And that's different from being "dirty", however. It's what's "normal" for this habitat. Although in many hobbyists minds, it isn't. Somehow, we associate anything less than the aforementioned blue-white "clear" water with "dirty."
In a blackwater environment, the color is a visual indicator of an influx of dissolved materials that contribute to the "richness" of the environment. Indeed, a blackwater environment is typically described as an aquatic system in which vegetation decays, creating tannins that leach into the water, making a transparent, acidic water that is darkly stained, resembling tea.
Despite the appearance, as a general rule, blackwater rivers are lower in nutrients than clear rivers. They have very low concentrations of major ions, such as sodium, magnesium, potassium, and calcium, and lower conductivity and typically low levels of dissolved solids.
Now, in the closed environment that is an aquarium, "stuff" dissolving into the water may have significant impact on the overall quality. Even though it may be "normal" in a blackwater environment to have all of those dissolved leaves and botanicals, this could be problematic in the aquarium if nitrate, phosphate, and other DOC's ("dissolved organic compounds") contribute to a higher bioload, bacteria count, etc.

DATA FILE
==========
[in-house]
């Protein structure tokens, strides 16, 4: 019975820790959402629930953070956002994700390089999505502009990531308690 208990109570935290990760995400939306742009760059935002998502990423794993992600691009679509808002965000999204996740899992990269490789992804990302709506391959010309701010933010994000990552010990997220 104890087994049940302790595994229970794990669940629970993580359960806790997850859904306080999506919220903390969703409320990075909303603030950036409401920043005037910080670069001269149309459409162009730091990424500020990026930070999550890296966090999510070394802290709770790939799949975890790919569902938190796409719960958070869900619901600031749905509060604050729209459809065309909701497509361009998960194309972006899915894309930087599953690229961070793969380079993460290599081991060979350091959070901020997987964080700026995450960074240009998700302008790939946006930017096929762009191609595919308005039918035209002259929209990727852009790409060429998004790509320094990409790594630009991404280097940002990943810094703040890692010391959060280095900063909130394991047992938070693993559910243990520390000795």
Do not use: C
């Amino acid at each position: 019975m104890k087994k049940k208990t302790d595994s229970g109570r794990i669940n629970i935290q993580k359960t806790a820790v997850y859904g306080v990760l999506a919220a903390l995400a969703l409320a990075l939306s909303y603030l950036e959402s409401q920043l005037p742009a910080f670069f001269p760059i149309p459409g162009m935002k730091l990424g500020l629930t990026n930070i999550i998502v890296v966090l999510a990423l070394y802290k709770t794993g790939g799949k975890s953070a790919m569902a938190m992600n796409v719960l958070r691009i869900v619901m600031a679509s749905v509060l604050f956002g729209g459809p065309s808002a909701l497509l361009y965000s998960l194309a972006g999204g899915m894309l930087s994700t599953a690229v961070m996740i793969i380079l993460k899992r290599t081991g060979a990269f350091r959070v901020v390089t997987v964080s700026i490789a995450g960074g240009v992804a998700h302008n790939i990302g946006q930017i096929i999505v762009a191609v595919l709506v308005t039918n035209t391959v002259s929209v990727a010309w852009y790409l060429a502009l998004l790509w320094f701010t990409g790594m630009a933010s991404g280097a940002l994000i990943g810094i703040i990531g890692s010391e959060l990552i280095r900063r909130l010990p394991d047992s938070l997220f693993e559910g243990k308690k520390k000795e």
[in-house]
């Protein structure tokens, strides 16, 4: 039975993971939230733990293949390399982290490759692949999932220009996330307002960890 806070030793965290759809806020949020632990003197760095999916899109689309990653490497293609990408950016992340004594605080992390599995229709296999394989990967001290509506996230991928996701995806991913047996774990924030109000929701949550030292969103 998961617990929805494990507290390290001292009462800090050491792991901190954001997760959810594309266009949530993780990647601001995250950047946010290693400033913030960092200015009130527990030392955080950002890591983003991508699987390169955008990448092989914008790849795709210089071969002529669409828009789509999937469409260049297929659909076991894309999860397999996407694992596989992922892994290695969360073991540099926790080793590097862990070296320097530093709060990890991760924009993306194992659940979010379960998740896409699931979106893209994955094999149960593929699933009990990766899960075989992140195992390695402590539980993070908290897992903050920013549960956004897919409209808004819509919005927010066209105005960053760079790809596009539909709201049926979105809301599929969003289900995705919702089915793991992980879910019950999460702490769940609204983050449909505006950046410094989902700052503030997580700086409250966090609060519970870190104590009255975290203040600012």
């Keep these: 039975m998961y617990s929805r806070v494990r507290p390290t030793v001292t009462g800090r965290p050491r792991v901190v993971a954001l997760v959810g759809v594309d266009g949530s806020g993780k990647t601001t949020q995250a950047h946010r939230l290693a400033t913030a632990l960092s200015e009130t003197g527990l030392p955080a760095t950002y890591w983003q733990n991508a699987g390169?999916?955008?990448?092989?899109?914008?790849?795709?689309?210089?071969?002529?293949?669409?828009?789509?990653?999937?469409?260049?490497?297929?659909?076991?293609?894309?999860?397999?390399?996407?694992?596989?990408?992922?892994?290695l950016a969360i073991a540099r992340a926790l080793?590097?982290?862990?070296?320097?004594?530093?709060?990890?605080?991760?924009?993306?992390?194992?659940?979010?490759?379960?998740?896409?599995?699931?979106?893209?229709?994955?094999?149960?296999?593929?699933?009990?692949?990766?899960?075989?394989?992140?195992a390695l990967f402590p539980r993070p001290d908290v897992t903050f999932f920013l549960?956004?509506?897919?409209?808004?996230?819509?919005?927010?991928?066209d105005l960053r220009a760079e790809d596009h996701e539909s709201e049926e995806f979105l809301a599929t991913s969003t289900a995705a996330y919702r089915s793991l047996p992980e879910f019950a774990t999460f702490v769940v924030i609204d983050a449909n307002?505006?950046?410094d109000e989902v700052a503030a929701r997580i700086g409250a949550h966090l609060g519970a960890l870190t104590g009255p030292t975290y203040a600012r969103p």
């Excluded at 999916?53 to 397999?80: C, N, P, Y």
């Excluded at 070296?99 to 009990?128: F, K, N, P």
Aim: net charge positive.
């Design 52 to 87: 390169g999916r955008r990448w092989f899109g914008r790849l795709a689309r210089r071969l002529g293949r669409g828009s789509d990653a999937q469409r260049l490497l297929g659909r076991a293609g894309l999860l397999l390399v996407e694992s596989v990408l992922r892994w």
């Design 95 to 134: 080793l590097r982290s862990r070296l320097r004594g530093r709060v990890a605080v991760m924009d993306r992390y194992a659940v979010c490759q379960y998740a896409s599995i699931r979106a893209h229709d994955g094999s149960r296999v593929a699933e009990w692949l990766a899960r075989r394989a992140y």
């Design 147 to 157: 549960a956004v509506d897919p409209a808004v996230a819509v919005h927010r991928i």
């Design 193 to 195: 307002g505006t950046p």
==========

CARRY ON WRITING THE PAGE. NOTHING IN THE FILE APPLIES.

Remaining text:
it boils down to common sense about how we manage our aquairums. And making a mental shift from the mindset that suggests that just because the water is brown, and hosts a lot of decomposing botanical materials, that it's somehow "dirty" or has low quality.
I think we need to contemplate the difference between water "quality" as expressed by the measure of compounds like nitrate and phosphate, and color.
You can have very darkly tinted water (caused by humic substances and tannins), and still have water extremely low in DOC's, nitrate, and phosphate.